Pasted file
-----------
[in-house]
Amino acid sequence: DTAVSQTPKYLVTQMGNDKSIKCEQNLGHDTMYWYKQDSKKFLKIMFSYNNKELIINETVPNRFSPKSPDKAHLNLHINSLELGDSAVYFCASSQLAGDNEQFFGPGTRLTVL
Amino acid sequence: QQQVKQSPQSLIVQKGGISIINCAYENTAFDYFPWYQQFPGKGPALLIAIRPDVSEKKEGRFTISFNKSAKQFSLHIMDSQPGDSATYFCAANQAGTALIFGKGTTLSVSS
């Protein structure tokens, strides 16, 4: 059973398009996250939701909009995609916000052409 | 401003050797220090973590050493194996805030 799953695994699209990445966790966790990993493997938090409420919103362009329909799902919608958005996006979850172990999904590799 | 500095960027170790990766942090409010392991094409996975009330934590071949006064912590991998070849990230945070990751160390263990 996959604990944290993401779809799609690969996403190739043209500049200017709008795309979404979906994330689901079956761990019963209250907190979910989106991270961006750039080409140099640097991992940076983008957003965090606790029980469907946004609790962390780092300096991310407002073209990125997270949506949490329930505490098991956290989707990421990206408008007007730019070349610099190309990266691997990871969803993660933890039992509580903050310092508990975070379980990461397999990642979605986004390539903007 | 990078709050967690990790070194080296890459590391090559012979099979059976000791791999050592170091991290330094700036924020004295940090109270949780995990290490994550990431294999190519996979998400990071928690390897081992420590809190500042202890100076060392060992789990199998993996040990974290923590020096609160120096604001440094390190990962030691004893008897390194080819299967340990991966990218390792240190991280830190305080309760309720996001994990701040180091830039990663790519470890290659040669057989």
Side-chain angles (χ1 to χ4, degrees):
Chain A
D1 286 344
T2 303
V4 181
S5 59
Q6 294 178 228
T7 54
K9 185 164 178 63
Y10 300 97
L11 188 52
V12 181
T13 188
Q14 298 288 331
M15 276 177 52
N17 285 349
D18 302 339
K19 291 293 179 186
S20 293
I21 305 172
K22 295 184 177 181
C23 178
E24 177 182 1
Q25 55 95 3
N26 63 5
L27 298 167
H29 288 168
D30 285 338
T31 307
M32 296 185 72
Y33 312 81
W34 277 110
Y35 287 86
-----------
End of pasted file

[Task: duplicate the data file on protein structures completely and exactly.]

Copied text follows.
[in-house]
Amino acid sequence: DTAVSQTPKYLVTQMGNDKSIKCEQNLGHDTMYWYKQDSKKFLKIMFSYNNKELIINETVPNRFSPKSPDKAHLNLHINSLELGDSAVYFCASSQLAGDNEQFFGPGTRLTVL
Amino acid sequence: QQQVKQSPQSLIVQKGGISIINCAYENTAFDYFPWYQQFPGKGPALLIAIRPDVSEKKEGRFTISFNKSAKQFSLHIMDSQPGDSATYFCAANQAGTALIFGKGTTLSVSS
């Protein structure tokens, strides 16, 4: 059973398009996250939701909009995609916000052409 | 401003050797220090973590050493194996805030 799953695994699209990445966790966790990993493997938090409420919103362009329909799902919608958005996006979850172990999904590799 | 500095960027170790990766942090409010392991094409996975009330934590071949006064912590991998070849990230945070990751160390263990 996959604990944290993401779809799609690969996403190739043209500049200017709008795309979404979906994330689901079956761990019963209250907190979910989106991270961006750039080409140099640097991992940076983008957003965090606790029980469907946004609790962390780092300096991310407002073209990125997270949506949490329930505490098991956290989707990421990206408008007007730019070349610099190309990266691997990871969803993660933890039992509580903050310092508990975070379980990461397999990642979605986004390539903007 | 990078709050967690990790070194080296890459590391090559012979099979059976000791791999050592170091991290330094700036924020004295940090109270949780995990290490994550990431294999190519996979998400990071928690390897081992420590809190500042202890100076060392060992789990199998993996040990974290923590020096609160120096604001440094390190990962030691004893008897390194080819299967340990991966990218390792240190991280830190305080309760309720996001994990701040180091830039990663790519470890290659040669057989």
Side-chain angles (χ1 to χ4, degrees):
Chain A
D1 286 344
T2 303
V4 181
S5 59
Q6 294 178 228
T7 54
K9 185 164 178 63
Y10 300 97
L11 188 52
V12 181
T13 188
Q14 298 288 331
M15 276 177 52
N17 285 349
D18 302 339
K19 291 293 179 186
S20 293
I21 305 172
K22 295 184 177 181
C23 178
E24 177 182 1
Q25 55 95 3
N26 63 5
L27 298 167
H29 288 168
D30 285 338
T31 307
M32 296 185 72
Y33 312 81
W34 277 110
Y35 287 86